The Knight News Challenge has stimulated the creation of many open source tools. Is any of that code being re-used?

Justin Arenstein: We’ve tried to tap into quite a few of them. Some of the more recent tools are transferable. I think there was grand realization that people weren’t able to deliver on their promises — and where they did deliver on tools, there wasn’t documentation. The code was quite messy. They weren’t really robust. Often, applications were written for specific local markets or data requirements that didn’t transfer. You actually effectively had to rebuild them. We have been able to re-purpose DocumentCloud and some other tools.

I think we’ve learned from that process. What we’re trying to do with our News Challenge is to workshop finalists quite aggressively before they put in their final proposals.

Firstly, make sure that they’re being realistic, that they’re not unnecessarily building components, or wasting money and energy on building components for their project that are not unique, not revolutionary or innovative. They should try and almost “plug and play” with what already exists in the ecosystem, and then concentrate on building the new extensions, the real kind of innovations. We’re trying to improve on the Knight model.

Secondly, once the grantees actually get money, it comes in a tranche format so they agree to an implementation plan. They get cash, in fairly small grants by Knight standards. The maximum is $100,000. In addition, they get engineering or programming support from external developers that are on our payroll, working out of our labs. We’ve got a civic lab running out of Kenya and partners, such as Google.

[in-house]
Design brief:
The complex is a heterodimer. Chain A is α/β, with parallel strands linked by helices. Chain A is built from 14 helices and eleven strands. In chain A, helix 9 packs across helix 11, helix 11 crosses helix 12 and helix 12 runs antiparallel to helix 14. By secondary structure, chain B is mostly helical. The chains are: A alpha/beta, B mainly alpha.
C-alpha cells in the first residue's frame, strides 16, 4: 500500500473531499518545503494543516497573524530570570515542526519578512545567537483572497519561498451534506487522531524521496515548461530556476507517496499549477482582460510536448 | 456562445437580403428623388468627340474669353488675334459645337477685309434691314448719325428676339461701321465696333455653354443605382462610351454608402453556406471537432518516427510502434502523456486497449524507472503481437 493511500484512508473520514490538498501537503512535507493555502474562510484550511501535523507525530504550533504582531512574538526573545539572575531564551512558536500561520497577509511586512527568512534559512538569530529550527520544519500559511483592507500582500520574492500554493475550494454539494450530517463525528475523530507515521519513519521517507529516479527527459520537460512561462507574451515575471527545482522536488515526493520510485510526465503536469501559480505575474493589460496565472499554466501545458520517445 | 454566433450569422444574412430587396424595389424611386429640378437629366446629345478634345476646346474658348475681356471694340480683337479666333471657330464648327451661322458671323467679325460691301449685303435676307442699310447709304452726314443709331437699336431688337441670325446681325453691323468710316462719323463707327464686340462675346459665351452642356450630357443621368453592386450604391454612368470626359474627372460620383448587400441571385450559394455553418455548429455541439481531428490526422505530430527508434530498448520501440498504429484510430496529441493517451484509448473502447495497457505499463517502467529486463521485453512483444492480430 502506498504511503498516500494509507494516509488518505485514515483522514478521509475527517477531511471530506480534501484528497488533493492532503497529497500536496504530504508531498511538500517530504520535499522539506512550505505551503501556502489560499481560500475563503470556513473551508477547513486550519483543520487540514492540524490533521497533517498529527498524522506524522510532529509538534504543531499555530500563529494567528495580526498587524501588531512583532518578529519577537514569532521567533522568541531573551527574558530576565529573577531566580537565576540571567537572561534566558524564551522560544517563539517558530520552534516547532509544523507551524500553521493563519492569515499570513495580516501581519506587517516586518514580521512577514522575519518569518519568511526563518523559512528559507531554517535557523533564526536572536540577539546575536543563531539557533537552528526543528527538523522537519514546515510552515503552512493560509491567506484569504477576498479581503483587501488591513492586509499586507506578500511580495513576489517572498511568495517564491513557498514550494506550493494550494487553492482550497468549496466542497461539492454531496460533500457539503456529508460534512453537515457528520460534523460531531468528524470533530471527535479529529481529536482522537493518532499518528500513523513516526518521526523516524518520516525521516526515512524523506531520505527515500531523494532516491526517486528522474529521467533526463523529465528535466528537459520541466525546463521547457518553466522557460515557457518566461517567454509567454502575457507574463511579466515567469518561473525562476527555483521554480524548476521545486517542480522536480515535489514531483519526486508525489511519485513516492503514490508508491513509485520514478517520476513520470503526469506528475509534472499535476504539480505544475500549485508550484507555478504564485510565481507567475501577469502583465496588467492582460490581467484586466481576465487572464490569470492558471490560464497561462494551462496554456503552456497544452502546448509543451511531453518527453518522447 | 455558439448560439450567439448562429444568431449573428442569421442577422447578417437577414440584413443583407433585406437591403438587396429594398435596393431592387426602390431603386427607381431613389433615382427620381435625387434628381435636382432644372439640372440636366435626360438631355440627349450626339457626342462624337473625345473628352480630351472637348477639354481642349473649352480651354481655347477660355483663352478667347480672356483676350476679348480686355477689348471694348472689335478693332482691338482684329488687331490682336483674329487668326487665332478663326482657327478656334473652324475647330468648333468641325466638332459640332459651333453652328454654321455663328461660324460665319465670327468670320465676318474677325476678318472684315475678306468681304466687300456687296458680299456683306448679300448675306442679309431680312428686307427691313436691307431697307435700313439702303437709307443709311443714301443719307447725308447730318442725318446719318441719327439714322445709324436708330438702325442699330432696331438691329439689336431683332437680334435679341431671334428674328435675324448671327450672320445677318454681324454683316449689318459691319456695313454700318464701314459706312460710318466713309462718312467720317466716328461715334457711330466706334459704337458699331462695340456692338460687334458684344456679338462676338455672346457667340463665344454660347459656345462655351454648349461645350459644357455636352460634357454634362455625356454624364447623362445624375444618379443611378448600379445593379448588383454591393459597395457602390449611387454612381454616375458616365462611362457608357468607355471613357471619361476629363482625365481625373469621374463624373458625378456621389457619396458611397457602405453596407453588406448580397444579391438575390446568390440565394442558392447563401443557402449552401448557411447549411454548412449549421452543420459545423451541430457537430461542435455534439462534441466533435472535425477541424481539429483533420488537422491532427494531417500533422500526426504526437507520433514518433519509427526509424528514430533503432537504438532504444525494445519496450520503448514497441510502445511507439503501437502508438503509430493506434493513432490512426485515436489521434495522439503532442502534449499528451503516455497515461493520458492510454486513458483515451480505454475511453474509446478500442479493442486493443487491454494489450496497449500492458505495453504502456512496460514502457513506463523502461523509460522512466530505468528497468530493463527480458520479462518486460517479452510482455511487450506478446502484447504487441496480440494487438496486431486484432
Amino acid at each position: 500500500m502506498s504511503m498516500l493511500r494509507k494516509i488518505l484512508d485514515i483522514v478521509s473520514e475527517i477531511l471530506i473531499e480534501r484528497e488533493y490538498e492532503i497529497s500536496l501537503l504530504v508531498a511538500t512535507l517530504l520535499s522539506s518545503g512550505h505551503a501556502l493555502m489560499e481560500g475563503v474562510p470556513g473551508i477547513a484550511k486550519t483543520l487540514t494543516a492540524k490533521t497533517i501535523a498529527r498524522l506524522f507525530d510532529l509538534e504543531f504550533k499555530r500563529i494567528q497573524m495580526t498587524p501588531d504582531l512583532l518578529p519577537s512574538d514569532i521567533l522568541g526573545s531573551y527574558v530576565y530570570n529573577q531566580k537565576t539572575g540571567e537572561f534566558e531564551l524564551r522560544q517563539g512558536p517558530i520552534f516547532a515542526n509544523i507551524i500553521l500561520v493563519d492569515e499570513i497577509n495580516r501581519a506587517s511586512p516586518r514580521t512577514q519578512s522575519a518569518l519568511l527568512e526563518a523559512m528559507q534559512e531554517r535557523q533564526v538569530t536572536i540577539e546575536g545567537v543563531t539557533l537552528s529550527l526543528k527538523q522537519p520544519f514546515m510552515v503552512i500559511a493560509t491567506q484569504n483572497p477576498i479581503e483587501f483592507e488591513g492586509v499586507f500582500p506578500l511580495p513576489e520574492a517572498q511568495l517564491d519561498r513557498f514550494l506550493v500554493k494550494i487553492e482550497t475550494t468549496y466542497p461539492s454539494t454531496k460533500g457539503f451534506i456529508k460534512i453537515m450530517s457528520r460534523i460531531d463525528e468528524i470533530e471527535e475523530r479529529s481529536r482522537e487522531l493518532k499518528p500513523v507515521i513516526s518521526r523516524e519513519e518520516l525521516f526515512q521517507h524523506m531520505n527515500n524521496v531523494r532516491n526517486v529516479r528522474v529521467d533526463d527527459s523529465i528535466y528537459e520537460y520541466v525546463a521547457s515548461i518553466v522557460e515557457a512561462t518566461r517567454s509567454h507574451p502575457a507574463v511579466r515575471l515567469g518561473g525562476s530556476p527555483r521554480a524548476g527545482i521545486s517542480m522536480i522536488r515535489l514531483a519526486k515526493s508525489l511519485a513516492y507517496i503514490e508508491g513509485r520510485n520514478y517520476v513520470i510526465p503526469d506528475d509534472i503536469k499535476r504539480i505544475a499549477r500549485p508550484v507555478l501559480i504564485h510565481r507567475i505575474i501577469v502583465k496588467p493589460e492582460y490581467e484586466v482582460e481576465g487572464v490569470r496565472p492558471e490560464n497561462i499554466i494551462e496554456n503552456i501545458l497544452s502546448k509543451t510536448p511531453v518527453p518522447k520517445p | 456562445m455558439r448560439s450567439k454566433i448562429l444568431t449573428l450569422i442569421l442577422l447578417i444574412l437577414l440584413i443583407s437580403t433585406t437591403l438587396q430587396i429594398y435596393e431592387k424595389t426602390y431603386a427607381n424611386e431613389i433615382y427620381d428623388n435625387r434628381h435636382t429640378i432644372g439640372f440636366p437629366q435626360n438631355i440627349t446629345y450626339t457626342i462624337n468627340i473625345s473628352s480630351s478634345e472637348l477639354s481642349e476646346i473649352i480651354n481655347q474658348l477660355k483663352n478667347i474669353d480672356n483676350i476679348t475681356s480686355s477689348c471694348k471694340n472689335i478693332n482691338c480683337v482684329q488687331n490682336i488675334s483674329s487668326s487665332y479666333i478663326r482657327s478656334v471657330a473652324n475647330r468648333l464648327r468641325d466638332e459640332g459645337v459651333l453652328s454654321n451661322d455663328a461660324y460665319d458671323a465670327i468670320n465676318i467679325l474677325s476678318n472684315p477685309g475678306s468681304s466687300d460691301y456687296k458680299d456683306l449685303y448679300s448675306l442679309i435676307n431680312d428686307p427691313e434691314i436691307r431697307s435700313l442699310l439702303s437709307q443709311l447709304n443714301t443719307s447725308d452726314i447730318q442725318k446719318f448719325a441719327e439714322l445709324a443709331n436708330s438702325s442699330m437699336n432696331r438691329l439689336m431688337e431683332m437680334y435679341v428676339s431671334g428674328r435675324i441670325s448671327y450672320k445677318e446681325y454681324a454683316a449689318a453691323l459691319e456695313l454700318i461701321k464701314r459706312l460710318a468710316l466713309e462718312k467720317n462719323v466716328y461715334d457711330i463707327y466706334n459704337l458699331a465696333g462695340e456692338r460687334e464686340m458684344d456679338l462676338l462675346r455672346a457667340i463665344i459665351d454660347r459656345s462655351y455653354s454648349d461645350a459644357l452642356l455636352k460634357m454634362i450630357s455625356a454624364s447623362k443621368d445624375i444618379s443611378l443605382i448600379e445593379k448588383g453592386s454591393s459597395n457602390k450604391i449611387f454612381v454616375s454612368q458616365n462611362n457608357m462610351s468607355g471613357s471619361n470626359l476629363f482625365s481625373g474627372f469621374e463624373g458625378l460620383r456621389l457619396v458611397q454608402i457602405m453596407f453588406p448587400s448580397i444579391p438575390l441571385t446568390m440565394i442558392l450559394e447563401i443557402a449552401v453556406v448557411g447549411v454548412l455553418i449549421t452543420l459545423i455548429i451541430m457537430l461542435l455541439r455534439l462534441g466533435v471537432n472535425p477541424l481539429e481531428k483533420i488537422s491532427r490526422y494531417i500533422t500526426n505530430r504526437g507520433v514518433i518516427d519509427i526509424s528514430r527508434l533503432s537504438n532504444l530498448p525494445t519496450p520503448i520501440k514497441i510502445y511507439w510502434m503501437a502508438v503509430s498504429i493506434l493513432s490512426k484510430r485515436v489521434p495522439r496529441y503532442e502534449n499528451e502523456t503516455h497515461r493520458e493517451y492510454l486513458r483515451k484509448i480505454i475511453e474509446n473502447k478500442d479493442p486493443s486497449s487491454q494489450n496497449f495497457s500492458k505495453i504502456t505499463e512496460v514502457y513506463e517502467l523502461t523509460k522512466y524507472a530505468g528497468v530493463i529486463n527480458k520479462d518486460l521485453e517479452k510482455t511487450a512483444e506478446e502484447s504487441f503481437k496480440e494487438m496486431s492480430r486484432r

Thirdly, they get business mentorship support from some leading commercial business consultants. These aren’t nonprofit types. These are people who are already advising some of the largest media companies in the world.

The idea is that, through that process, we’re hopefully going to arrive at a more realistic set of projects that have either sustainable revenue models and scaling plans, from the beginning, or built-in mechanisms for assessments, reporting back and learning, if they’re designed purely as experiments.

We’re not certain if it’s going to work. It’s an experiment. On the basis of the Tech Camp that we’ve gone through, it seems to have worked very well. We’ve seen people abandon what were, we thought, overly ambitious technology plans and rather matched up or partnered with existing technologists. They will still achieve their goals but do so in a more streamlined, agile manner by re-purposing existing tech.

Editors’s Note: This interview is part of an ongoing series at the O’Reilly Radar on the people, tools and techniques driving data journalism.

PollWatchUSA enables anyone with a smartphone to act as a poll monitor

Pollwatch, a mobile application that enabled crowdsourced poll monitoring, has launched a final version at pollwatch.us, just in time for Election Day 2012. The initial iteration of the app was conceived, developed and demonstrated at the hackathon at the 2012 Personal Democracy Forum in New York City. The app aggregates reports and visualizes the user-generated data at pollwatchusa.org/viz.